To build family communication...

 

“The primary reason for a lack of success in transferring wealth is not poor estate planning, but a lack of trust and communication among family members,” Zehnder says.

 

“One of the reasons the heirs are unprepared is because when the values around the wealth and the purpose of the wealth aren’t passed along, it lessens the chances for sustained, long-term wealth continuity.”

 

To avoid that situation, Zehnder suggests family members describe and define their mission to younger generations, why the wealth exists and what it’s meant to achieve. Give future generations your vision by articulating an inspirational statement that clarifies what the family wants to do with its wealth and why that’s important.

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Summer 2012


While generational characteristics are important to keep in mind, Zehnder says financial habits may also be influenced by four additional factors:

 

  • A person’s innate personality, which can be categorized as a planner (generally savers), a feeler (generally spends on family), a thinker (generally analytical, data-driven spenders) or a doer (generally risk-takers and free spenders)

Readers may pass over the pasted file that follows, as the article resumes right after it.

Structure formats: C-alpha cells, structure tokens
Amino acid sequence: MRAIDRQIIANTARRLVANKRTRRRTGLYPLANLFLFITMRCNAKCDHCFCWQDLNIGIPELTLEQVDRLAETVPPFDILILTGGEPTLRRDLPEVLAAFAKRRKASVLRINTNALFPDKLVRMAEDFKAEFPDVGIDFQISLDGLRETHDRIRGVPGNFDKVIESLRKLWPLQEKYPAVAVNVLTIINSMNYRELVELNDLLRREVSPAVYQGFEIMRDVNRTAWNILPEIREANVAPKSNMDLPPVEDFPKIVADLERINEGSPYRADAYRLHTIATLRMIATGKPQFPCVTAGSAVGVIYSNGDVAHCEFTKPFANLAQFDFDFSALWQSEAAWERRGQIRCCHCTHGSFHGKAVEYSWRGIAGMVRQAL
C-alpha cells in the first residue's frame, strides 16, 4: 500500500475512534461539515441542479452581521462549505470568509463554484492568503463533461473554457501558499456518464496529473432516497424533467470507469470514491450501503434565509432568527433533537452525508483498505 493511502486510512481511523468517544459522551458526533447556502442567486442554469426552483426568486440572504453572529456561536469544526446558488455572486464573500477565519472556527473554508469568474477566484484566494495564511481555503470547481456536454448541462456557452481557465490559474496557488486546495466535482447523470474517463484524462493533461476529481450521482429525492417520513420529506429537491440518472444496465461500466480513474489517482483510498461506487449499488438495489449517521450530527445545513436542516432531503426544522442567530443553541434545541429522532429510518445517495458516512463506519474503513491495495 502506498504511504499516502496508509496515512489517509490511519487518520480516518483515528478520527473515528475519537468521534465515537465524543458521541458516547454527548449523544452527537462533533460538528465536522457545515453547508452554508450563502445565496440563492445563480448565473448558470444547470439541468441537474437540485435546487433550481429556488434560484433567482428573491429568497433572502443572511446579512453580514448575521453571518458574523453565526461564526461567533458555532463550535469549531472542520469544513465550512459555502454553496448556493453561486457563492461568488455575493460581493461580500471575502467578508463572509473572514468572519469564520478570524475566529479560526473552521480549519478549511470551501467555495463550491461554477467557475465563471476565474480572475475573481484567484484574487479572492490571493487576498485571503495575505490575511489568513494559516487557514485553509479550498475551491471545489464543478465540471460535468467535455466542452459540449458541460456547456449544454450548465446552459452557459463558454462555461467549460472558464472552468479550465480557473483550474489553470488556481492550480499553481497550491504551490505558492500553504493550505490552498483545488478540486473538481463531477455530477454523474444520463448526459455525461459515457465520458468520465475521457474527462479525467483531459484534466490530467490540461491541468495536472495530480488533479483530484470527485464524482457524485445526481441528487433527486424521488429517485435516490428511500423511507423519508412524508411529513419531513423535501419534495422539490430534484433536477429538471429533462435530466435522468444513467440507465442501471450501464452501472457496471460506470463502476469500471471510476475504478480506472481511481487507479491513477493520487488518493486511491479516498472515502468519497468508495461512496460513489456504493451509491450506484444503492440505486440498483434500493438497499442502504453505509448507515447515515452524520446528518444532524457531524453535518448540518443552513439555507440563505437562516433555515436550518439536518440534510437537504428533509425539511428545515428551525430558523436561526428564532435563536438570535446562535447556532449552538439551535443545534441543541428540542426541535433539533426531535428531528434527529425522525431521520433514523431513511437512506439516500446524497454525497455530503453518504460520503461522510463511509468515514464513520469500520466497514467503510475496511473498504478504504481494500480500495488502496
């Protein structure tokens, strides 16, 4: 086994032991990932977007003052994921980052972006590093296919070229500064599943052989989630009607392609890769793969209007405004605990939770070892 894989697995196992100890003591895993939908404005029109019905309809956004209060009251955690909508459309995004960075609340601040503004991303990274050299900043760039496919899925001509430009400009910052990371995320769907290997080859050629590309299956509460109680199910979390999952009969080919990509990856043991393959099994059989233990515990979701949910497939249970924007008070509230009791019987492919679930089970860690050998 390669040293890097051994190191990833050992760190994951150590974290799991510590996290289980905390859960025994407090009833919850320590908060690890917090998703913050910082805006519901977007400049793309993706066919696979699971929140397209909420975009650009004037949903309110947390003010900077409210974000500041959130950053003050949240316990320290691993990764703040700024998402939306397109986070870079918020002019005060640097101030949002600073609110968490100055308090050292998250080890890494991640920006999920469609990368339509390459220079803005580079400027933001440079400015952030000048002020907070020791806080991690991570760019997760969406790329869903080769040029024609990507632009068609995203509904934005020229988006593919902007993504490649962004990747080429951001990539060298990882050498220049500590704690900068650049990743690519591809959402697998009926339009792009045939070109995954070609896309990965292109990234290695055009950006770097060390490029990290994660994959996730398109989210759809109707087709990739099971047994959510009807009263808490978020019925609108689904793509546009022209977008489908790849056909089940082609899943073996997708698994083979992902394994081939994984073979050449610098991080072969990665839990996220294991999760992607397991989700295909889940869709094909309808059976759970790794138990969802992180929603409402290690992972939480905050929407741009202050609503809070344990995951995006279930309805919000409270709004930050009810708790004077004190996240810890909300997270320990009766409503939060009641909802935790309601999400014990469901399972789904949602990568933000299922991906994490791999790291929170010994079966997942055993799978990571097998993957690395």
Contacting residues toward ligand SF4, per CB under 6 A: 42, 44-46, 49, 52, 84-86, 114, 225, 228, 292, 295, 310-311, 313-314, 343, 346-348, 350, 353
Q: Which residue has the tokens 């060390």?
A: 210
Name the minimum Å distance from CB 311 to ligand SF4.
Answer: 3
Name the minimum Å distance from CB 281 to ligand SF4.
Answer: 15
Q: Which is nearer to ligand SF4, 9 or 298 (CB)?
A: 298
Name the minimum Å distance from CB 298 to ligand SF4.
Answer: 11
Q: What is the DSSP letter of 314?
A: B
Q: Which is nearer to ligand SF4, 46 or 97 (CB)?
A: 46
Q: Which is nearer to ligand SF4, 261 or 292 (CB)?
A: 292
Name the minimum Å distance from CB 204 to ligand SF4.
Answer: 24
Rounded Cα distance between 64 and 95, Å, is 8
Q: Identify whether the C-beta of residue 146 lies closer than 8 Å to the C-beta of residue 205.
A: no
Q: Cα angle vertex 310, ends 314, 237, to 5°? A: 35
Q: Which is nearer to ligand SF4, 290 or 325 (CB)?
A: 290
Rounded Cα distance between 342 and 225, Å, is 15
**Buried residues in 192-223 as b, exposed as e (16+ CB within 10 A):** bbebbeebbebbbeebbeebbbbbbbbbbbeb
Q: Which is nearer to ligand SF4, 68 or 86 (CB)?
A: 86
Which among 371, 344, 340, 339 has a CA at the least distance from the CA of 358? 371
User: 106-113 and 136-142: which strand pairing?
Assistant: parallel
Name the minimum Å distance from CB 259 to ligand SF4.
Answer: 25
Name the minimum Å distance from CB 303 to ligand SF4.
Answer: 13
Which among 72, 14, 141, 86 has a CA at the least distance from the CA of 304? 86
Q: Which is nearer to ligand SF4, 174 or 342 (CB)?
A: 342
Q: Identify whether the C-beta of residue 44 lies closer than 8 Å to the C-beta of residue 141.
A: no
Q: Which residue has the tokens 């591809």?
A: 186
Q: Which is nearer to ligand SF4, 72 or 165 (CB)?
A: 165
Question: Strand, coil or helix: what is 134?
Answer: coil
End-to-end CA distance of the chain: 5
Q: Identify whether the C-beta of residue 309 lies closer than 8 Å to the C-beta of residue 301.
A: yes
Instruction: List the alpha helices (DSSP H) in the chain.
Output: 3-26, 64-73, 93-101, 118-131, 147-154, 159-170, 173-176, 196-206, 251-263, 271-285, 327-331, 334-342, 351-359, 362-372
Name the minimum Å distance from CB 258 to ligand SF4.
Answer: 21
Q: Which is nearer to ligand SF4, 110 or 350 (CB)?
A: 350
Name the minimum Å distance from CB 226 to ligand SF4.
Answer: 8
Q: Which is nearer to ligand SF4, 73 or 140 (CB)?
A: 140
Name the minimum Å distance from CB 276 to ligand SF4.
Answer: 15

• The money-related values of the household in which the individual grew up
  • The governances, or rules and policies, around family money
  • The economic conditions that the person has experienced

 

Re-Define Your Estate Plan

Once you’ve overcome generational differences, you can use the family’s wealth vision and mission to establish the foundation for a comprehensive estate plan, Zehnder says.

 

“For example, if the family decides that one missionof its wealth is to achieve maximum intellectual capital, i.e., through education, then the family can align its estate planning to support educational opportunities,” she says. “If the wealth is to make an impact through philanthropy, then assets and investments can be aligned accordingly.”

Having a strong vision then sets the infrastructure to help achieve the mission. If strong education is a goal, Zehnder says the estate plan might provide each family member an opportunity to pursue the highest level of education, vocational training or skill development in order to follow their life passion.